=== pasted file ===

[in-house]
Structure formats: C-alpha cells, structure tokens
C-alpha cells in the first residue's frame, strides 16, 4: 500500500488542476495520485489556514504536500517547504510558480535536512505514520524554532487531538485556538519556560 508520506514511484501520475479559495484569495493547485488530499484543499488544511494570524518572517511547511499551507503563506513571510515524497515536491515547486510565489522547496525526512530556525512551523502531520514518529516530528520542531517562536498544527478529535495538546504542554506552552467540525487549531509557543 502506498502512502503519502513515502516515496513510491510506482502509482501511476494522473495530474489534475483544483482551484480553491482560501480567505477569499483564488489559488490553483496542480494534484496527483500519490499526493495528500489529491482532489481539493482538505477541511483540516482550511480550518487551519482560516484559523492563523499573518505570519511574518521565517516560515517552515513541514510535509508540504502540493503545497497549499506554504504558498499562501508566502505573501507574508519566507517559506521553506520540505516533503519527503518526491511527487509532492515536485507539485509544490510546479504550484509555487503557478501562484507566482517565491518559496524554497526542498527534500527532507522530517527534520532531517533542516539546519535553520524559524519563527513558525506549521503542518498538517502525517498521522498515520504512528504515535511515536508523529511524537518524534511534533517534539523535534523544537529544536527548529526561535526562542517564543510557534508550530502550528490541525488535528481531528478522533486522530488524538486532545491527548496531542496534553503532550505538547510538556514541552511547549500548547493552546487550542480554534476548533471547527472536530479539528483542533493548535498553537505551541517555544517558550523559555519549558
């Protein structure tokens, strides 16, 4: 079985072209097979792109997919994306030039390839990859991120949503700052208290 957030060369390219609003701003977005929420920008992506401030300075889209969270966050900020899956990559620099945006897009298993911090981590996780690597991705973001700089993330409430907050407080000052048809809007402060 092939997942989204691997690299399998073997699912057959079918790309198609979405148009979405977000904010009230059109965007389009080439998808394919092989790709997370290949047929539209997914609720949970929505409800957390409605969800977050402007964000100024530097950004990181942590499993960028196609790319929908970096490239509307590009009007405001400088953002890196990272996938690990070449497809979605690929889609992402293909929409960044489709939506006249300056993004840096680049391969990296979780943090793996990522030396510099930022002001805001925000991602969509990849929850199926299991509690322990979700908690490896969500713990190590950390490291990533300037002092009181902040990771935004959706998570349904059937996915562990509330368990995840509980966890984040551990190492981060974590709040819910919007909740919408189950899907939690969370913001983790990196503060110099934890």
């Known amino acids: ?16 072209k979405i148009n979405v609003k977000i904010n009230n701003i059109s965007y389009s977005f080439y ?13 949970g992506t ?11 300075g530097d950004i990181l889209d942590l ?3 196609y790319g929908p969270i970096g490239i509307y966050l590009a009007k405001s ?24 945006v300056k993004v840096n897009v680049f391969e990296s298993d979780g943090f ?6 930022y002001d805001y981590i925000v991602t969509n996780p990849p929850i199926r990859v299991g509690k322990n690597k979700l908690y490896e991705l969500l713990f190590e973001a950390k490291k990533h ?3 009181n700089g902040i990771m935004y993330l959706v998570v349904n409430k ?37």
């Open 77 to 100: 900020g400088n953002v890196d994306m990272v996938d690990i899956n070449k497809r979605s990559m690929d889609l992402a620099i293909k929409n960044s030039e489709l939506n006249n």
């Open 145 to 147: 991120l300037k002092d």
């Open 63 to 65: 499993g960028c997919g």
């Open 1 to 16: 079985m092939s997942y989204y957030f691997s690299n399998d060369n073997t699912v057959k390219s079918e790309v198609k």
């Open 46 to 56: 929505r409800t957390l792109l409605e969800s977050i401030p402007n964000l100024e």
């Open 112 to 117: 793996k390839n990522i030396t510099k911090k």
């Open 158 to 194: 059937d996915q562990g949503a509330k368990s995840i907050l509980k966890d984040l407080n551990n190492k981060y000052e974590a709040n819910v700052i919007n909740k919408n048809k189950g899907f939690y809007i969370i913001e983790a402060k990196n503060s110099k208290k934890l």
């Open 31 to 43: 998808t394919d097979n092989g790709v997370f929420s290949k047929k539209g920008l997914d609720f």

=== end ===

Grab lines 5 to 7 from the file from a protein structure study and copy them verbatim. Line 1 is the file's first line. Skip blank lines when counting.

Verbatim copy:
């Known amino acids: ?16 072209k979405i148009n979405v609003k977000i904010n009230n701003i059109s965007y389009s977005f080439y ?13 949970g992506t ?11 300075g530097d950004i990181l889209d942590l ?3 196609y790319g929908p969270i970096g490239i509307y966050l590009a009007k405001s ?24 945006v300056k993004v840096n897009v680049f391969e990296s298993d979780g943090f ?6 930022y002001d805001y981590i925000v991602t969509n996780p990849p929850i199926r990859v299991g509690k322990n690597k979700l908690y490896e991705l969500l713990f190590e973001a950390k490291k990533h ?3 009181n700089g902040i990771m935004y993330l959706v998570v349904n409430k ?37």
């Open 77 to 100: 900020g400088n953002v890196d994306m990272v996938d690990i899956n070449k497809r979605s990559m690929d889609l992402a620099i293909k929409n960044s030039e489709l939506n006249n």
């Open 145 to 147: 991120l300037k002092d």